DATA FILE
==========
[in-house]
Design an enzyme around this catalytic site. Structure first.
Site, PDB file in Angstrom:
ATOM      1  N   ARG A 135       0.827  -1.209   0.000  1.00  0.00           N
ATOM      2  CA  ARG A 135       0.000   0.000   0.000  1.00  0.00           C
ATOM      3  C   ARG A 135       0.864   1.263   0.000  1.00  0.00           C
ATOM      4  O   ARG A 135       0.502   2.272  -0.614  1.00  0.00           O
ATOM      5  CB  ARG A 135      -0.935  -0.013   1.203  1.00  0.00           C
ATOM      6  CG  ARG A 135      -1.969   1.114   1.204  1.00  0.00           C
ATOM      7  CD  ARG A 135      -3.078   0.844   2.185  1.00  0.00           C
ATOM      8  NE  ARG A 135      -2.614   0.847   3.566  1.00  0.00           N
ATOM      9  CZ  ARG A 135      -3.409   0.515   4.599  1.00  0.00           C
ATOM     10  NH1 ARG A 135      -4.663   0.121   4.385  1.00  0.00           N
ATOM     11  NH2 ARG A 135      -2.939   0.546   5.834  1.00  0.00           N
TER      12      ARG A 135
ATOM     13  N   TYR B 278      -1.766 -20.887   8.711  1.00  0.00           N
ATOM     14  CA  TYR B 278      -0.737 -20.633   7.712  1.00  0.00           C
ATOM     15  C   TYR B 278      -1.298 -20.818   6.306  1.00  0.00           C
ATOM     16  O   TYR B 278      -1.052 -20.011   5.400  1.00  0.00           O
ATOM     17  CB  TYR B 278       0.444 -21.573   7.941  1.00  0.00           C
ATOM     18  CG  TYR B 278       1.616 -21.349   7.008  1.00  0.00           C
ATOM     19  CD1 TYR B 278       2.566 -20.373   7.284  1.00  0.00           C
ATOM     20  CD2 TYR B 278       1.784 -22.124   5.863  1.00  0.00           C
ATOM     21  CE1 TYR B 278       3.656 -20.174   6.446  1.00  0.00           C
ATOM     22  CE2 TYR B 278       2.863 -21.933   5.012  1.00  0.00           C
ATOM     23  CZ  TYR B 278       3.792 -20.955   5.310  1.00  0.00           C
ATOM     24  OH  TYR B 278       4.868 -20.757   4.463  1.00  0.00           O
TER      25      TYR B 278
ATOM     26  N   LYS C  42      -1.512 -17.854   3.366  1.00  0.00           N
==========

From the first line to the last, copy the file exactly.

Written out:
[in-house]
Design an enzyme around this catalytic site. Structure first.
Site, PDB file in Angstrom:
ATOM      1  N   ARG A 135       0.827  -1.209   0.000  1.00  0.00           N
ATOM      2  CA  ARG A 135       0.000   0.000   0.000  1.00  0.00           C
ATOM      3  C   ARG A 135       0.864   1.263   0.000  1.00  0.00           C
ATOM      4  O   ARG A 135       0.502   2.272  -0.614  1.00  0.00           O
ATOM      5  CB  ARG A 135      -0.935  -0.013   1.203  1.00  0.00           C
ATOM      6  CG  ARG A 135      -1.969   1.114   1.204  1.00  0.00           C
ATOM      7  CD  ARG A 135      -3.078   0.844   2.185  1.00  0.00           C
ATOM      8  NE  ARG A 135      -2.614   0.847   3.566  1.00  0.00           N
ATOM      9  CZ  ARG A 135      -3.409   0.515   4.599  1.00  0.00           C
ATOM     10  NH1 ARG A 135      -4.663   0.121   4.385  1.00  0.00           N
ATOM     11  NH2 ARG A 135      -2.939   0.546   5.834  1.00  0.00           N
TER      12      ARG A 135
ATOM     13  N   TYR B 278      -1.766 -20.887   8.711  1.00  0.00           N
ATOM     14  CA  TYR B 278      -0.737 -20.633   7.712  1.00  0.00           C
ATOM     15  C   TYR B 278      -1.298 -20.818   6.306  1.00  0.00           C
ATOM     16  O   TYR B 278      -1.052 -20.011   5.400  1.00  0.00           O
ATOM     17  CB  TYR B 278       0.444 -21.573   7.941  1.00  0.00           C
ATOM     18  CG  TYR B 278       1.616 -21.349   7.008  1.00  0.00           C
ATOM     19  CD1 TYR B 278       2.566 -20.373   7.284  1.00  0.00           C
ATOM     20  CD2 TYR B 278       1.784 -22.124   5.863  1.00  0.00           C
ATOM     21  CE1 TYR B 278       3.656 -20.174   6.446  1.00  0.00           C
ATOM     22  CE2 TYR B 278       2.863 -21.933   5.012  1.00  0.00           C
ATOM     23  CZ  TYR B 278       3.792 -20.955   5.310  1.00  0.00           C
ATOM     24  OH  TYR B 278       4.868 -20.757   4.463  1.00  0.00           O
TER      25      TYR B 278
ATOM     26  N   LYS C  42      -1.512 -17.854   3.366  1.00  0.00           N